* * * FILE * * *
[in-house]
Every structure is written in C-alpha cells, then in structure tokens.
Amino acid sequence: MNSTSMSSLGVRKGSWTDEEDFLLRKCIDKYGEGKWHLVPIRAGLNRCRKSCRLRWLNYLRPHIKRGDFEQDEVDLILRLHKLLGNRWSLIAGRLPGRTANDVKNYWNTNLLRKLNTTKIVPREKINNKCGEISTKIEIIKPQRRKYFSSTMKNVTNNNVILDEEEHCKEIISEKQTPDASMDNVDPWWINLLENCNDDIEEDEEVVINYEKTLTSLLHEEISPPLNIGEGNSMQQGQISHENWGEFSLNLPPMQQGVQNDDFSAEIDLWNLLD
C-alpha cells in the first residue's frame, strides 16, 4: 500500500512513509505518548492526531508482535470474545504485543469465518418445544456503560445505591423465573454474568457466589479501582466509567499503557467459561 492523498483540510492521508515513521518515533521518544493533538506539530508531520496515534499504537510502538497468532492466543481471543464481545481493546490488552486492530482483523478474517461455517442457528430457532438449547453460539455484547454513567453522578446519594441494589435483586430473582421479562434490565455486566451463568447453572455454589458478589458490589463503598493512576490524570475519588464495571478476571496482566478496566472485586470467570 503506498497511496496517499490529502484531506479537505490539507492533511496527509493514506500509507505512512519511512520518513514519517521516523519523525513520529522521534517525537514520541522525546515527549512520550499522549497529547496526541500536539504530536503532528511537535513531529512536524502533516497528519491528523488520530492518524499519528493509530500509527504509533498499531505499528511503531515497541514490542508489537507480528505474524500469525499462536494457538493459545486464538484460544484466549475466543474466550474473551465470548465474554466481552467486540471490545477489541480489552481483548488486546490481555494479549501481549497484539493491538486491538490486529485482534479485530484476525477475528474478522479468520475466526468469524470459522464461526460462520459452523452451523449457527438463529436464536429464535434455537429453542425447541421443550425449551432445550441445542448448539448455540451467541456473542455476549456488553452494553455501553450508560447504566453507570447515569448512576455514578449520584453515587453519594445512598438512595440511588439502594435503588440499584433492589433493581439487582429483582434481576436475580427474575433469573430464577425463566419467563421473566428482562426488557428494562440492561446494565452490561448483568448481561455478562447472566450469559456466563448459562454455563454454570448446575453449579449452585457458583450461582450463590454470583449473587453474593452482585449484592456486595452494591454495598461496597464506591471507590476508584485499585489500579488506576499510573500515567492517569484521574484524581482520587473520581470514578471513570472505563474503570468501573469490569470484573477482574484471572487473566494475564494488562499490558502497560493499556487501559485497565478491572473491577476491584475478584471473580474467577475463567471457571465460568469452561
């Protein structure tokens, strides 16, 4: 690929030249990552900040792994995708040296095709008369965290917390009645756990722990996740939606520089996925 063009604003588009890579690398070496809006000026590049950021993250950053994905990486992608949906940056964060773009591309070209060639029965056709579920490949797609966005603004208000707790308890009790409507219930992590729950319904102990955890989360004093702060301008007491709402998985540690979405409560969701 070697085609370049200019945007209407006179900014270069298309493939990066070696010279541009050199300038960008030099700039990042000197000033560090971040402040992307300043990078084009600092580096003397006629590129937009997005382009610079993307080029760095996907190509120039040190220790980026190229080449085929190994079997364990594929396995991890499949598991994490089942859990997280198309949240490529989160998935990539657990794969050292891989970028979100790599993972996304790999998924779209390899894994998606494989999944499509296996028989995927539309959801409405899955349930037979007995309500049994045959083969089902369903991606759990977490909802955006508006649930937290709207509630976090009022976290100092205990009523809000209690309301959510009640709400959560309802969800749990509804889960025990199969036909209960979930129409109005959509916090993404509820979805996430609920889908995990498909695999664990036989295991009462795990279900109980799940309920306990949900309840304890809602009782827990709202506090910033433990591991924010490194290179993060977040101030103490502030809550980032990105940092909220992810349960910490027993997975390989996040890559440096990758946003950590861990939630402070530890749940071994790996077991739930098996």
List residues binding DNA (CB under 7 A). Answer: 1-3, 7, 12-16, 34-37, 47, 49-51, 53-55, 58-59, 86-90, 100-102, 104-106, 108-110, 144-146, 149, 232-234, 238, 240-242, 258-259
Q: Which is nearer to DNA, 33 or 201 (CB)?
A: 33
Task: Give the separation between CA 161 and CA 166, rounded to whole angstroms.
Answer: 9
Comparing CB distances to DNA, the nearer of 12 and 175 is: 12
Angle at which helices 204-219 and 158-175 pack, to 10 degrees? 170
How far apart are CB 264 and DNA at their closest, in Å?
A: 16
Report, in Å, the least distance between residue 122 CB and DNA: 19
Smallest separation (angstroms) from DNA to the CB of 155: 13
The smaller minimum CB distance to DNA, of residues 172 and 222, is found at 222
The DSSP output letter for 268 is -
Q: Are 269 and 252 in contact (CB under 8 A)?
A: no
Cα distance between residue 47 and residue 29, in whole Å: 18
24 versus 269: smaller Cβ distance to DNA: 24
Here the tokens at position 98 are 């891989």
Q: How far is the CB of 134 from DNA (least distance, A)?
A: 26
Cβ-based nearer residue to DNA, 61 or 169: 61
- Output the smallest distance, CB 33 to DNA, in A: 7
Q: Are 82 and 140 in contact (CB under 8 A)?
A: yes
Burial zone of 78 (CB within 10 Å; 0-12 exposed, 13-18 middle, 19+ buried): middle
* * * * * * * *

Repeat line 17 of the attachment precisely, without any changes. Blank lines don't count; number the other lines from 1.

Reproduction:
The smaller minimum CB distance to DNA, of residues 172 and 222, is found at 222